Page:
Okay so a couple of weeks ago I promised you an IMPASSIONED PSA and it’s finally here!!
My latest entry in the canon of “you MUST read this author!! you absolutely MUST!!!” is Connie Willis and I honestly feel quite salty that I’d never really heard of her until recently because now I just want to inject all of her books directly into my veins.
She’s most well-known for her sci-fi and sci-fi-adjacent works, which have earned her Hugos and Nebulas which are basically the OSCARS AND GOLDEN GLOBES OF THE SCI-FI WORLD. Her style and syntax is so straightforward, with a wry sense of humor, and I’m going to need all of you to STOP SLEEPING ON HER ASAP.
Bellwether – Connie Willis
Despite the cover of this book, it’s actually much less sci-fi-y than Doomsday Book. The good folks of Bellwether Friends, a podcast I enjoy whose name comes from this book, describe as being more in the vein of a workplace romantic comedy. The main character, Sandra, is a “trends researcher” who works for a giant tech company that has corporate-speak team meetings, 40 page long incomprehensible funding requests, and an insolent interdepartmental assistant. Her attempt to discover what causes trends or fads takes on a new direction when a bizarre series of events brings her into contact with a chaos scientist named Bennett O’Reilly.
It’s very, very charming and a quick read [also according to Bellwether Friends the audiobook read by Kate Reading is also exceptionally good], managing to pull off a slightly judgmental narrator gloriously, and packing in lots of factoids about trends. While there’s a touch of the mysterious, it’s less “sci-fi” and more “what if the real world but MORE” and it’s very fun.
Doomsday Book – Connie Willis
OKAY. This book is about TIME TRAVEL, but time travel like I’ve never read/seen it portrayed in media before. [it might be an extra good tonic for those who were left thinking “sorry…WHAT?” re:Avengers Endgame] It just seems so…sensible? Set in a near-future version of Oxford, everything is basically the same except there’s TIME TRAVEL, and a very academic version of time travel, used by historians to visit other time periods. Maybe later books get more into the nitty-gritty (there are three more in this loosely connected ‘series’: To Say Nothing of the Dog, Blackout, and All Clear), but this one does an exceptional job at giving you just enough information to make sense, but not so much that you’re bogged down by a series of logic problems.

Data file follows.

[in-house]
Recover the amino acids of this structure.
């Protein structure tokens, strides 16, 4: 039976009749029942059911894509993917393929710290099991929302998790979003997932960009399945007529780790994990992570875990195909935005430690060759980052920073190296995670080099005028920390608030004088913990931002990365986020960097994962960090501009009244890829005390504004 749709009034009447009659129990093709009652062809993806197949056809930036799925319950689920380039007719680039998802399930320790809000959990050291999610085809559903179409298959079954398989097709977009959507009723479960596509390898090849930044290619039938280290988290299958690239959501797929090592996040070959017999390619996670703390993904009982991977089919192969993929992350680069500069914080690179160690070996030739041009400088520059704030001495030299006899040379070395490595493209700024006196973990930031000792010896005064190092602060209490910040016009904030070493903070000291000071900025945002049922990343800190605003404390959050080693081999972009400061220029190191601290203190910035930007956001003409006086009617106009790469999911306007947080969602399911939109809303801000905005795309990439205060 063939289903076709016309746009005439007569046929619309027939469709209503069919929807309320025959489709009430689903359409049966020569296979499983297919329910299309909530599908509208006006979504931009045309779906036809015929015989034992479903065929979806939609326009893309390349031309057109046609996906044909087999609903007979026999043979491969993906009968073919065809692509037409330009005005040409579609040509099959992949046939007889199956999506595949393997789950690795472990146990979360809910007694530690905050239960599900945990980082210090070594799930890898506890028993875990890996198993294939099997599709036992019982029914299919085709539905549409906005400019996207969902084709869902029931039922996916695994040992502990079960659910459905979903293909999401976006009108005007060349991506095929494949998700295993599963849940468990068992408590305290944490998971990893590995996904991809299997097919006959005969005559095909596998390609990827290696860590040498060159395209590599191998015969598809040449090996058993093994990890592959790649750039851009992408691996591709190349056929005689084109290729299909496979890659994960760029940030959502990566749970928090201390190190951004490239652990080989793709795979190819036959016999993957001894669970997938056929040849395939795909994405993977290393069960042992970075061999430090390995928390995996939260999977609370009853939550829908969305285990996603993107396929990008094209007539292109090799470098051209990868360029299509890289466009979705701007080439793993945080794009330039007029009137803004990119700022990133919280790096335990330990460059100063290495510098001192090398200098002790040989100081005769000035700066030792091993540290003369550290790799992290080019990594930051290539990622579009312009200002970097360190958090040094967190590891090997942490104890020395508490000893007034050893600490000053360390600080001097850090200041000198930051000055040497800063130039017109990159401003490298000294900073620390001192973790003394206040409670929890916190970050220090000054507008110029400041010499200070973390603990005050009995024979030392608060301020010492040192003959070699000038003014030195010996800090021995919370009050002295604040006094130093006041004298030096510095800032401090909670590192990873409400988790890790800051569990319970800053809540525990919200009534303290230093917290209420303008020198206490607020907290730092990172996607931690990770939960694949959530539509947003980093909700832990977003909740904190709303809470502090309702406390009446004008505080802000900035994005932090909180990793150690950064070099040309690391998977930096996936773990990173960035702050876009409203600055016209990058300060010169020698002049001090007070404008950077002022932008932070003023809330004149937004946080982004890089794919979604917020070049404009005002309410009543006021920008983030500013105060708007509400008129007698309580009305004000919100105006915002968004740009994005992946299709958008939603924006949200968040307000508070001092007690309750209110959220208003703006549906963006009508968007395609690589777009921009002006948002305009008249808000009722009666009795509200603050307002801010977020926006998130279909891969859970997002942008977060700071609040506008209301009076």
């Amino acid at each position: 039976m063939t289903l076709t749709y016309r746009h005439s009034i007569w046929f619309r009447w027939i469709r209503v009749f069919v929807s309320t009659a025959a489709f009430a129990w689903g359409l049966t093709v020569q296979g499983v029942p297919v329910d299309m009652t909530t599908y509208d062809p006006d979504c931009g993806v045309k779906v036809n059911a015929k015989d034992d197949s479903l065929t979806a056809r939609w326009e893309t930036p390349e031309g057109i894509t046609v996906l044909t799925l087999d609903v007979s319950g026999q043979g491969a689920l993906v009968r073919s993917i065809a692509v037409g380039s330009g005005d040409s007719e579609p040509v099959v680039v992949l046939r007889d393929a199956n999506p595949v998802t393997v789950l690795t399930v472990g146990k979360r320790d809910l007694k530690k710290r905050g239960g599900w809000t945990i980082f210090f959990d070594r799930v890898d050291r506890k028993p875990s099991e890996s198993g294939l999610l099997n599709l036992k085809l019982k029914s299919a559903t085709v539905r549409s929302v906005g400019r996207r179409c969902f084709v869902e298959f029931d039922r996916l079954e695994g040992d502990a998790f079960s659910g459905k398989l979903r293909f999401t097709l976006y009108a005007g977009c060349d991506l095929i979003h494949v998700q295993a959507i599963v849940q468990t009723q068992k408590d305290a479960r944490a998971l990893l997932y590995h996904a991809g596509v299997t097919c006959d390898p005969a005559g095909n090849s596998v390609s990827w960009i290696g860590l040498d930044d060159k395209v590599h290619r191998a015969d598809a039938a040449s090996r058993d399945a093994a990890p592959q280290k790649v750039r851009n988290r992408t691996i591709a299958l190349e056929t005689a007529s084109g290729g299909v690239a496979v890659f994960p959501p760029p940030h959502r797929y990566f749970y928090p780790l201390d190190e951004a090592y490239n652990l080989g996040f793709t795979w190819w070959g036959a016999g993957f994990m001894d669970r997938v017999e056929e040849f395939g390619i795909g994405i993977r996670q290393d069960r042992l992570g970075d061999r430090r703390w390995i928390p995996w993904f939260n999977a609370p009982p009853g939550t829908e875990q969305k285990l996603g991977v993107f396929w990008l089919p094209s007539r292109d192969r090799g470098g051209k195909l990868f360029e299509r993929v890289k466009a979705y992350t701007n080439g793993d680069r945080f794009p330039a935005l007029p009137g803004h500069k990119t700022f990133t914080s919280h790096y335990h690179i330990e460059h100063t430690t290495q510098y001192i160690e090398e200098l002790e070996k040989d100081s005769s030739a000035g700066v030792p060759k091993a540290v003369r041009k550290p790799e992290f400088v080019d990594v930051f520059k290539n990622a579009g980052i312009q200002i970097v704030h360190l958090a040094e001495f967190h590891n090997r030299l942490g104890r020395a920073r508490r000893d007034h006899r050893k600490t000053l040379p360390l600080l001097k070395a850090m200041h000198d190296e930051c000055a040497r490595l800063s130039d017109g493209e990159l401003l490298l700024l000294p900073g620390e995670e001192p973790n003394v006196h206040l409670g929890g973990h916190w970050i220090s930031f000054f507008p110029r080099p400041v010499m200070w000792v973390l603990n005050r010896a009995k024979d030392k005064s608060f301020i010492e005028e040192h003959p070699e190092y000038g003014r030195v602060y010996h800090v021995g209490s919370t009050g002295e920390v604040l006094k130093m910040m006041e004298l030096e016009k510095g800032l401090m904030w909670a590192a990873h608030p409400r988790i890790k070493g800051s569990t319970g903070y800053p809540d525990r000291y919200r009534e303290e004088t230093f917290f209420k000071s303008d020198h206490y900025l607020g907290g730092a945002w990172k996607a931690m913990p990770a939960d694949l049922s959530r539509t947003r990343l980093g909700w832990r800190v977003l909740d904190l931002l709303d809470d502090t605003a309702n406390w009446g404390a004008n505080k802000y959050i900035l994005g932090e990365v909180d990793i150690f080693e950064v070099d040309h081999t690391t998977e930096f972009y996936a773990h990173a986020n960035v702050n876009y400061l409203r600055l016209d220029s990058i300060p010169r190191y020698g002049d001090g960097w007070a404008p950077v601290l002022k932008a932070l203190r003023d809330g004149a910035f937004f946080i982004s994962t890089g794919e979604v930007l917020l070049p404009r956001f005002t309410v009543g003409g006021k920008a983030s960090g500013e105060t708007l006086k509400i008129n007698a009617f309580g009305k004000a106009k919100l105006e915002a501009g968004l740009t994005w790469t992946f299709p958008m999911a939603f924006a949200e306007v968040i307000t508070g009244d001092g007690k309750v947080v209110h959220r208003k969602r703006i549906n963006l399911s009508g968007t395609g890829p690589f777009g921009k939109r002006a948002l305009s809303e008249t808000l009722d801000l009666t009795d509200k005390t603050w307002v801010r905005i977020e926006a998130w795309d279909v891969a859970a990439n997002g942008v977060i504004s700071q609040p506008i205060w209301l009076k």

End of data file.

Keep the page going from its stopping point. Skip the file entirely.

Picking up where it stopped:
For the first time, the history department is sending someone back to the Middle Ages, which has long been off-limits due its many dangers. You know, like the Plague. Also the fact that people living in England in the 14th century literally spoke an ENTIRELY DIFFERENT LANGUAGE than what we consider “English” today. But Kivrin, a graduate student, is not to be stopped, even by the trepidations of her advisor Professor Dunworthy. Obviously, things…do not go as planned.
Willis is such a meticulous writer and can so sweep you off your feet that every quick turn is accompanied by a “dammit OF COURSE!” The dialogue is realistically witty and though the book runs towards the longer side, she brilliantly maintains tension throughout.
The one thing I did not like is that there’s some fatphobia in the portrayal of a minor character, which really sucked.
Okay peace out friends! I’ll be hunting down more Connie Willis and most likely shoveling all of the Big Little Lies jokes into my brain.